CEO’s have once again listed human capital as their top challenge for 2014. Woo hoo! Victory for HR! And what specifically are they worried about? 1. Insufficient talent coming in and 2. Insufficient leadership talent. This all sounds great right? Focus on your people, develop your people, and you will move your business forward. We can now wash our hands of this and move onto “real business activity.” I say wait a minute…
Did CEO’s just recently find out that even an automated process had to be created by a person? Is corporate America unaware that the movie “her” is a fictitious film? Outside of the beginning of time, regardless of how you think that came to be, every product, service, or idea came from someone’s mind. This logic makes it seem necessary to declare that PEOPLE MATTER. If people didn’t exist there would be no products, services, or ideas. And voila, I give you the year 2014 and the biggest challenge in a CEO’s mind is still human capital, but why?
We as humans have this inherent uncertainty and that level of uncertainty is magnified when your name is tied to the bottom line of your business, Mr. or Mrs. CEO. There’s pressure for your people to perform. Can you trust them? You want to… but there’s just something that’s keeping you from fully committing.
We can find this inherent uncertainty when we watch historical events. One thing we cannot change is history, unless you have a Delorean of course. However, as we watch instant history replays, we know the outcome and yet we may still be unsure if that outcome will come to fruition. Don’t believe me?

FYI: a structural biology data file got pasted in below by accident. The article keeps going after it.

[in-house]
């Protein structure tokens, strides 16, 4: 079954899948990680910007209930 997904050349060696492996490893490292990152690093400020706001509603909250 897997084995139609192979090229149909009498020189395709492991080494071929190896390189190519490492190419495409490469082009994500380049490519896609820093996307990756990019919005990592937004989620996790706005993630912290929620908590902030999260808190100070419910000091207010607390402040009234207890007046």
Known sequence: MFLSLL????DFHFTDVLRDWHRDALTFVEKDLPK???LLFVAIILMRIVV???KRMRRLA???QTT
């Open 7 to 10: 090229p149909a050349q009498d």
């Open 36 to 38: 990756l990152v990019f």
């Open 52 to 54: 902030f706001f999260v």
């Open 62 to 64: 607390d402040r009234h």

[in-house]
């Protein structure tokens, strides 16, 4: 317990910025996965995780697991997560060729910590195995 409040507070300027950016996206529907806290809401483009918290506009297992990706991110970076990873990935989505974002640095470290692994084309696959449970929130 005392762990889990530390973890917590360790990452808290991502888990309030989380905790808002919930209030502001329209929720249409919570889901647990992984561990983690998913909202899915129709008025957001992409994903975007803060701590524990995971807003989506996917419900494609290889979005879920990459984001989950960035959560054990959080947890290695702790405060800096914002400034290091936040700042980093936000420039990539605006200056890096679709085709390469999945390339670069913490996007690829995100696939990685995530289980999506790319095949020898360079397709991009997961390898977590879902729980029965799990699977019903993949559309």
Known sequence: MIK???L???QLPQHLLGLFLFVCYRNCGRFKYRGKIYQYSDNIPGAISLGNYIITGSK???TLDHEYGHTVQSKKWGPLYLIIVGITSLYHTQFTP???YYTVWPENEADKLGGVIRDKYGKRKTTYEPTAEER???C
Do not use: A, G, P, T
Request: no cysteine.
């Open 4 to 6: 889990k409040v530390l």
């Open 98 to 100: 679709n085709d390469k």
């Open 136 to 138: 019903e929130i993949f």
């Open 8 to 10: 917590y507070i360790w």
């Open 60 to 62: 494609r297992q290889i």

Example 1: Argo
In the film, as the hostages and Ben Affleck’s character were navigating the airport in Iran, slowly making their way through security with bogus identification, I was clenching the armrest in the movie theater, probably perspiring, and unknowingly grinding my teeth, rooting for the fake film crew to make it out of Iranian airspace. Well folks, they made it! The only problem is, I already knew they would make it, everyone did. However, if you were recording a video of me watching you would have thought I was watching live events on a newscast.
I have probably watched the clip of the three-point prayer thrown up by Dereck Whittenburg, that is then snatched out of the air by Lorenzo Charles and dunked for the win about 124 times. Yet again, here I am wondering if the prayer will fall to the ground, short of the bucket. Maybe this time Charles isn’t around? Maybe this time, Houston boxes out? Nope. NC State wins every time.
If the name doesn’t ring a bell, this is the guy who walked across the Grand Canyon on a tightrope in June of last year. It was a television event on the Discovery Channel garnering 8.5 million viewers. The big players in TV were reluctant to show a live account, as they were uncertain if Mr. Wallenda would fall to his death. If you can watch a replay of this event and not have your heart rate spike as he’s wobbling 1500 feet above the ground, I congratulate you and also question whether or not the FBI has trained you. It’s one of the most stressful and anxious videos to watch and you more than likely were shifting your weight back and forth on the couch as you completed the feat yourself. I know I did.
We as human beings are unsure of events that are already written in history. Let alone relying on a company, department, or team of people who are responsible for delivering results that do not exist yet. CEO’s are concerned because they understand they need their people. But people are scary and a challenge. It’s not enough to state human capital is a challenge; the true question is what are we doing about it?
You can never be 100% sure you are acquiring, developing, and retaining the best. But, what you can do is commit time and resources to finding and using better information to increase your chances of doing so.
After all, your people matter.